A Rant: Pokemon Omega Ruby & Alpha Sapphire Waiting Game

I’ve never been a very patient man. I hardly ever order items off the Internet because I prefer to go to the store and buy them. I can’t stand waiting in lines. And I hate that we don’t have more information on the Pokemon Omega Ruby and Alpha Sapphire Rom, and that we’ll have to wait until after E3 to get our hands on a US Nintendo 3DS 2nd gen.

I’ve managed so far. Buried under a deluge of Nintendo games, most of which are a month old, we’ve managed to have some new content on the website every day. We’re working on bringing updated interviews and reports on a variety of third-party developers and publishers regarding Pokemon Omega Ruby and Alpha Sapphire. But that doesn’t make the wait any less painful.

In March, Japan will get the first Nintedo 3DS 2nd gen units, and you can bet we’ll have some in our hands as soon as possible. We might not understand a word of what’s written, but we’ll be racing around the track in Pokemon Omega and Pokemon Alpha Sapphire rom quicker than you can say “3D Gaming.” But that’s still two months away. And don’t even get us started on the launch of these games– that’s still almost a year away. Okay, maybe few months, according to Nintendo.

So what are we supposed to do while we wait impatiently for more gaming goodness to come from our favorite console manufacturer? Luckily we’ll have at least a couple of good games to keep us occupied — Mega Man 64 should hit very soon, and Paper Mario will come out in early May. But other than that, things are pretty dry until Aidyn Chronicles and Conker’s Bad Fur Day arrive in March. What to do?

Well, while we’re struggling to bring you what news we can dig up, I figured I’d make some recommendations. They might be silly to some, but for others (like myself), they’re a lifesaver of diverted frustrated energy.

I would never condone actions that would get someone expelled from a store. Of course not. But I think it might be fun, if bored, to walk into a Software Etc. (or any software store, really) with a feather duster — one of those big ones on a stick that contain multicolored feathers. Obviously some looks will be directed your way, but you’d immediately want to go to the shelves containing the Nintendo games, and start dusting. Tsk over the poor state of the 3DS titles like Pokemon Omega Ruby and Alpha Sapphire, which have been sitting on the shelf for so many weeks, untouched, collecting dust. If anyone happens to be browsing the section, scowl at them and slap their hand away if they attempt to touch one of the games. You could even start rearranging them in alphabetical order, if they’re not already. And if anyone asks you what you’re doing, simply scowl and say, in the gravelliest voice possible, “Must make them pretty for the master. Pretty for the ‘cube that will rule them.” If security shows up, throw the feather duster and shriek, “You will all fall before the might of Miyamoto!” Then run. I suggest you do this in a store you have no intention of ever visiting again.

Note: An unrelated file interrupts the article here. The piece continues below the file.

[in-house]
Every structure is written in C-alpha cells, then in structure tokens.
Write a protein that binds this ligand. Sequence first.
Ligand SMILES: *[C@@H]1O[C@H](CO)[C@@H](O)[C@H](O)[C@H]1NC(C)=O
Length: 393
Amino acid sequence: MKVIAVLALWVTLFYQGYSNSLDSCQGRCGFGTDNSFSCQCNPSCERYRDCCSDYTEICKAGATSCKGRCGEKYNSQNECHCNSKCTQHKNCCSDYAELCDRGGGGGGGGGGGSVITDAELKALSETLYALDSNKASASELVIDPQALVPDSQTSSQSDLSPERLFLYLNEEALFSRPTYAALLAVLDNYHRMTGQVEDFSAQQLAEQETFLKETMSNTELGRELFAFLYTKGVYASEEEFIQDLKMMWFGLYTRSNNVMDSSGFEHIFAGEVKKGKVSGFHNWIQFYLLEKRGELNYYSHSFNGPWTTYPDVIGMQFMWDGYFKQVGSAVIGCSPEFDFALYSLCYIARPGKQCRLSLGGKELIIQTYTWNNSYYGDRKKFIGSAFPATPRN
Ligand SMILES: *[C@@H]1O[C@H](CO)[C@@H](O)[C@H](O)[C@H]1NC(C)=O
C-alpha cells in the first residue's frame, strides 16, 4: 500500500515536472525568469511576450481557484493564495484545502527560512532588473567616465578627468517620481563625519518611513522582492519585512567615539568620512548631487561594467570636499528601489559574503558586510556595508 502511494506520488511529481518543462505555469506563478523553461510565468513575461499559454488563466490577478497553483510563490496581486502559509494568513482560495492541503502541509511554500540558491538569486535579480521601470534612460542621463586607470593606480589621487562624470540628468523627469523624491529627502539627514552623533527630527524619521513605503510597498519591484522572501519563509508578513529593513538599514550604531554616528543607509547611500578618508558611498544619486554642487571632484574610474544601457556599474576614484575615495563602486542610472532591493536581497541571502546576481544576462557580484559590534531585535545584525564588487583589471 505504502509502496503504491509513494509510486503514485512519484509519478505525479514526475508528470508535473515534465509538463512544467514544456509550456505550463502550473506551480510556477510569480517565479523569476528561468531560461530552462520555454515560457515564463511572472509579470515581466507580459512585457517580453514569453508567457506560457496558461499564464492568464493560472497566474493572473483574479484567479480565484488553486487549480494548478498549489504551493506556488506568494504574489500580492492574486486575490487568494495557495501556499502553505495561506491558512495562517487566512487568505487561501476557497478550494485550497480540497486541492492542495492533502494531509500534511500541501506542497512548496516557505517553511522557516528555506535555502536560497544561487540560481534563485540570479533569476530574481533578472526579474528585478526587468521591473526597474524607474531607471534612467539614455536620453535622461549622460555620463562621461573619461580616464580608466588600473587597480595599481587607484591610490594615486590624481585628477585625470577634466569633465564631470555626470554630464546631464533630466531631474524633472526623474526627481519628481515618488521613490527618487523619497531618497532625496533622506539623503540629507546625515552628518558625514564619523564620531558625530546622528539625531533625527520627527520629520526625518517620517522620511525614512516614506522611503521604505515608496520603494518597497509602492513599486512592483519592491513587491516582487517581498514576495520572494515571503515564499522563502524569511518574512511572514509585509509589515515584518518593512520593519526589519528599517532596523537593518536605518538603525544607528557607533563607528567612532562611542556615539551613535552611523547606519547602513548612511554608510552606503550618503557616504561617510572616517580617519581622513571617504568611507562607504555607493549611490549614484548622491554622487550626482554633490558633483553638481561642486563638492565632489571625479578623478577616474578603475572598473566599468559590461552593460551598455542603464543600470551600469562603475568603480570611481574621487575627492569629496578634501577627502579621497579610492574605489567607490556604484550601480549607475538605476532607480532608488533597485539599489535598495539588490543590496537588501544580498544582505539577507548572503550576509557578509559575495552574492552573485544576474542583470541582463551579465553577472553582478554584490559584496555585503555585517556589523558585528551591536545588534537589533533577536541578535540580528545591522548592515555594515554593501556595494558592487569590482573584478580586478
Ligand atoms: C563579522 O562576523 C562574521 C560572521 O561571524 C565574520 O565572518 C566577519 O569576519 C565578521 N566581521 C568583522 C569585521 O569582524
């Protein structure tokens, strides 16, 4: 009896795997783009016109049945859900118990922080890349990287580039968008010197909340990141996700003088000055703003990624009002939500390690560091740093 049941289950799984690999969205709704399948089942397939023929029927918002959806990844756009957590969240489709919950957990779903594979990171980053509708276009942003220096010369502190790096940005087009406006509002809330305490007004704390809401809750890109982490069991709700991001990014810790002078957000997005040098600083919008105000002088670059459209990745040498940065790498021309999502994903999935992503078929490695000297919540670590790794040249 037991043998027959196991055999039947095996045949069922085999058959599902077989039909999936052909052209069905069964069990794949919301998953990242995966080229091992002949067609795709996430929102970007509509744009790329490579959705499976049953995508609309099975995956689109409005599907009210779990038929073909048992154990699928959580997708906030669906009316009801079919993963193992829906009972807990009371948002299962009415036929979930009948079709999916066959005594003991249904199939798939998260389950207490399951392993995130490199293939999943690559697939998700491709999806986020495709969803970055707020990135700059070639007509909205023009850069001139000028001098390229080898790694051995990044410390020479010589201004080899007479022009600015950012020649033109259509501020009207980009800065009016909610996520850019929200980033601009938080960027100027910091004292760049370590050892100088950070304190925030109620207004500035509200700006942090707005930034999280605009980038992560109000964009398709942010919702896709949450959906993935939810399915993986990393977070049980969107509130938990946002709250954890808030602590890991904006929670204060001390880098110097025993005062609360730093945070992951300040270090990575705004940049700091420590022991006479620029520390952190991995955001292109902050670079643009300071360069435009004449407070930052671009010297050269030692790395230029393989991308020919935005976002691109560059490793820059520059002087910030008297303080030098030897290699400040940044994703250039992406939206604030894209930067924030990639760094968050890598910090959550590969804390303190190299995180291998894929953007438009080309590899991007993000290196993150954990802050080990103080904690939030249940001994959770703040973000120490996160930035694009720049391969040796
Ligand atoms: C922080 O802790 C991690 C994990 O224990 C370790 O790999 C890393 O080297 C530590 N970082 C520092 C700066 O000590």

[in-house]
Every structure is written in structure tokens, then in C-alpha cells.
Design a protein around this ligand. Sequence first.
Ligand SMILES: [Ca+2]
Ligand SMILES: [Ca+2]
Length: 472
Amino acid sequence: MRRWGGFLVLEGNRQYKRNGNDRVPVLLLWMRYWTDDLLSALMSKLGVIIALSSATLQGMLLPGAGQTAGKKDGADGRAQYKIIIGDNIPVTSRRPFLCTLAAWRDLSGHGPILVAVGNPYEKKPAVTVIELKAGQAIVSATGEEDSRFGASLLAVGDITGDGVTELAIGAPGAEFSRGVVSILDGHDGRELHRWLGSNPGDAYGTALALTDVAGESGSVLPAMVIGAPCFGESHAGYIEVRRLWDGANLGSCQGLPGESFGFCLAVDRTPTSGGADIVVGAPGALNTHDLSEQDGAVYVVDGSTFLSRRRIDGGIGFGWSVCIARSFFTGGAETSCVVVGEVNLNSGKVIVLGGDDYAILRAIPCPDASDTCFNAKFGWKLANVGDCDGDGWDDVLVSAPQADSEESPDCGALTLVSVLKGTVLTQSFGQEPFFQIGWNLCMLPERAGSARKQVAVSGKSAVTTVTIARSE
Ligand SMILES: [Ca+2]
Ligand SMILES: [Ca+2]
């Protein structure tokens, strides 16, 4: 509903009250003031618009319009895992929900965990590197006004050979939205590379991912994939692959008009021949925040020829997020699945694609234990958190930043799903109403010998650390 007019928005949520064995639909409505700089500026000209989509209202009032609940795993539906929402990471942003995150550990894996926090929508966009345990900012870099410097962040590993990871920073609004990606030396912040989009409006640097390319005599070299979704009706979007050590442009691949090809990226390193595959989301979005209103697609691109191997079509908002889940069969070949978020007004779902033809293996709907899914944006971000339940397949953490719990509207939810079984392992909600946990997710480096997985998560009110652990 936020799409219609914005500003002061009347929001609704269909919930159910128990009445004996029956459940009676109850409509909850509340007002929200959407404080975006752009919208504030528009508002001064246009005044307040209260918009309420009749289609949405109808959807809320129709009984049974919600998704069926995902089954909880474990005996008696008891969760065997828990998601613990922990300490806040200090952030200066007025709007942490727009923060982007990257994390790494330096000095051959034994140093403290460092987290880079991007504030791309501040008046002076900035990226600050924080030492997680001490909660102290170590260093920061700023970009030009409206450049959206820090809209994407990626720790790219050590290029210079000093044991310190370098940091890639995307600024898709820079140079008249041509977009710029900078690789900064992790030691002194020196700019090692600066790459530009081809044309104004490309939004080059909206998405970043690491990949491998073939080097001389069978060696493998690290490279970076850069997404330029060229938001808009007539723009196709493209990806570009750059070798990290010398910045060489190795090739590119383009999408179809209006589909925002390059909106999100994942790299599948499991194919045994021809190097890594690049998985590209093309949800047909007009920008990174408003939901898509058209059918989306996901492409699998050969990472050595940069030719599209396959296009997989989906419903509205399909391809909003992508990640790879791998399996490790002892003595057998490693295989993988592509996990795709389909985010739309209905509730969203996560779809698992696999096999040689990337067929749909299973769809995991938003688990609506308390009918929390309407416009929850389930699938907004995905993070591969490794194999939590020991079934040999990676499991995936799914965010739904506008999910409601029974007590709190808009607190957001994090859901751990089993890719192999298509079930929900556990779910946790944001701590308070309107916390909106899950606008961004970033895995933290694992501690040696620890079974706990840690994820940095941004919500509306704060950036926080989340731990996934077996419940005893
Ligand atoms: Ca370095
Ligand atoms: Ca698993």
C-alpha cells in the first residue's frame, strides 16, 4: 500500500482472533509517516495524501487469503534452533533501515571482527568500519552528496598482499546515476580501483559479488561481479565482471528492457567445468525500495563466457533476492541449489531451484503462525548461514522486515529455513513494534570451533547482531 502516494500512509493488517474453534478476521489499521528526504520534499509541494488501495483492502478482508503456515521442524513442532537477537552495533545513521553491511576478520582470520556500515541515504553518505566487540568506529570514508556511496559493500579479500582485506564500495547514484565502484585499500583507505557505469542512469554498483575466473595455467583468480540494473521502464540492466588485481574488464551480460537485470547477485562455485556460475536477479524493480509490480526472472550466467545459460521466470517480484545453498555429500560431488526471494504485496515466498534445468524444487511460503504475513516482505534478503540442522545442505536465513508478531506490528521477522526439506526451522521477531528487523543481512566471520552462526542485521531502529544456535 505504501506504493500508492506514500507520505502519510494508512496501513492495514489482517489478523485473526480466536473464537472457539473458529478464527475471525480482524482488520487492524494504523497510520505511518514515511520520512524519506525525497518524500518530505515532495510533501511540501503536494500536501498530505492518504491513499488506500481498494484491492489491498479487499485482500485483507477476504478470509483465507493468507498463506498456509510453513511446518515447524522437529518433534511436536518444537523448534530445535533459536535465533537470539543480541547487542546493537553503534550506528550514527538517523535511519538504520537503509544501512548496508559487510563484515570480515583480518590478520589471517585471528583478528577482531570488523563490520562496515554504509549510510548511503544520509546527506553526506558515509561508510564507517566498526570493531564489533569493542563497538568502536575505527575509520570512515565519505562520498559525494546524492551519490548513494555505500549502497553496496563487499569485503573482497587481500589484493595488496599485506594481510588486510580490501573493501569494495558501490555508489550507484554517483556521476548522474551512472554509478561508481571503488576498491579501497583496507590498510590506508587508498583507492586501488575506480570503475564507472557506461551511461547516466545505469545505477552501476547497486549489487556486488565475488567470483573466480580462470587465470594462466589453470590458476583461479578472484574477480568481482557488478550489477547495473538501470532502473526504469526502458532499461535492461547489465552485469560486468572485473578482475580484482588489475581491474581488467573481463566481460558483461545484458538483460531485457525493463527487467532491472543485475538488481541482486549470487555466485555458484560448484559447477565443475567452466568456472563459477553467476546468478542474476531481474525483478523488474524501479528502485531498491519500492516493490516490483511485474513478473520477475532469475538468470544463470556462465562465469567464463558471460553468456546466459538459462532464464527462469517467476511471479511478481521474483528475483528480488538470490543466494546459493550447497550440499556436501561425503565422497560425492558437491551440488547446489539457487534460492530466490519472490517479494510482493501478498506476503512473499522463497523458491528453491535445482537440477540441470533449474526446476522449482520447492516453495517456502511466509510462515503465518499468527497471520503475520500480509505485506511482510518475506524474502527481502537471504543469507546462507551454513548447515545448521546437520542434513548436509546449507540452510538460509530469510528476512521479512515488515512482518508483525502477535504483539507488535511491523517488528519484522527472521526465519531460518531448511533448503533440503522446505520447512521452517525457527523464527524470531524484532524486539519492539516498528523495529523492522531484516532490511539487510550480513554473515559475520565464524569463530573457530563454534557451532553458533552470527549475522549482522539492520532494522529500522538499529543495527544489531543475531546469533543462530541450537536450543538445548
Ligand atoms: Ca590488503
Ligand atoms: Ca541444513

Who are these people who make millions of dollars on videogames? They’re just people, and you’re a person too! Design the best Pokemon Omega Ruby and Alpha Sapphire game, and reap the rewards of countless flocking fans praising your work. Never mind the games that garner more ridicule than a platypus in a dress. If you can play ’em, you can make ’em. Just start writing out an epic plot filled with twists and turns that will keep players on the edge of their seats. Then you can just find a cheap 3D modeling program and create hundreds of monsters to kill, along with some highly detailed models of the characters that will bond with players, heart and soul. Then you can just use the programming language of your choice to put it all together in a revolutionary new interface that mingles some elements of the old with spellbinding new game features that will make your game an instant blockbuster. All you need now is a few dollars to get it duplicated and shipped to stores all over the country — I recommend taking old games back to the store and trading them for newer games, which you can then sell to your friends at outrageously marked-up prices.